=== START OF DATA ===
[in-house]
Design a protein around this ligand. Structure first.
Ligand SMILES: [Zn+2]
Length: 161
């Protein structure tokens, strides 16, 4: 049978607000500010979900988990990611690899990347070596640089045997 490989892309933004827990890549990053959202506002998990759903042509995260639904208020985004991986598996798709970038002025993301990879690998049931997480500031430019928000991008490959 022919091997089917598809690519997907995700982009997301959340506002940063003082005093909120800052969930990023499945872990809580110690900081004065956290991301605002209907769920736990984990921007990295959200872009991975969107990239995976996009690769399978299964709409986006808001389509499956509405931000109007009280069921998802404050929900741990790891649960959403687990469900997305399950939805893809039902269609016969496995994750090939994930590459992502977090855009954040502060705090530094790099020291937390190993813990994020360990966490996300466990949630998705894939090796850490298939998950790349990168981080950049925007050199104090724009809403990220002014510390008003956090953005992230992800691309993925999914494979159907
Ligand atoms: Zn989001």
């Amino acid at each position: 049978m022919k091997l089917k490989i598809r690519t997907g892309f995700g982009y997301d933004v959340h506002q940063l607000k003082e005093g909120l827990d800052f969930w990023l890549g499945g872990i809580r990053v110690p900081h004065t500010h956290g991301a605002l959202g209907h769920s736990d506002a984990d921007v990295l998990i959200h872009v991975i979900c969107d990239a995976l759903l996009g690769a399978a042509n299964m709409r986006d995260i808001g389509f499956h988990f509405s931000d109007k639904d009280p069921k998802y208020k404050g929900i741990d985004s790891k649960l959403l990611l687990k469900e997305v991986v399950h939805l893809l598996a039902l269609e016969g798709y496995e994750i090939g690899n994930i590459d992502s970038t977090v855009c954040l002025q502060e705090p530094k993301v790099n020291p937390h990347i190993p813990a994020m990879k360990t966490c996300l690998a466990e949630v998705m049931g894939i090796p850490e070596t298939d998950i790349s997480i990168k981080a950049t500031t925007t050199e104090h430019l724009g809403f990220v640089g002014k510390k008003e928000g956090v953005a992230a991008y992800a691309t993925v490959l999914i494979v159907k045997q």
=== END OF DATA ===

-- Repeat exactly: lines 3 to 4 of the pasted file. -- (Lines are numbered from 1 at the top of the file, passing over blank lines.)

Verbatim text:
Ligand SMILES: [Zn+2]
Length: 161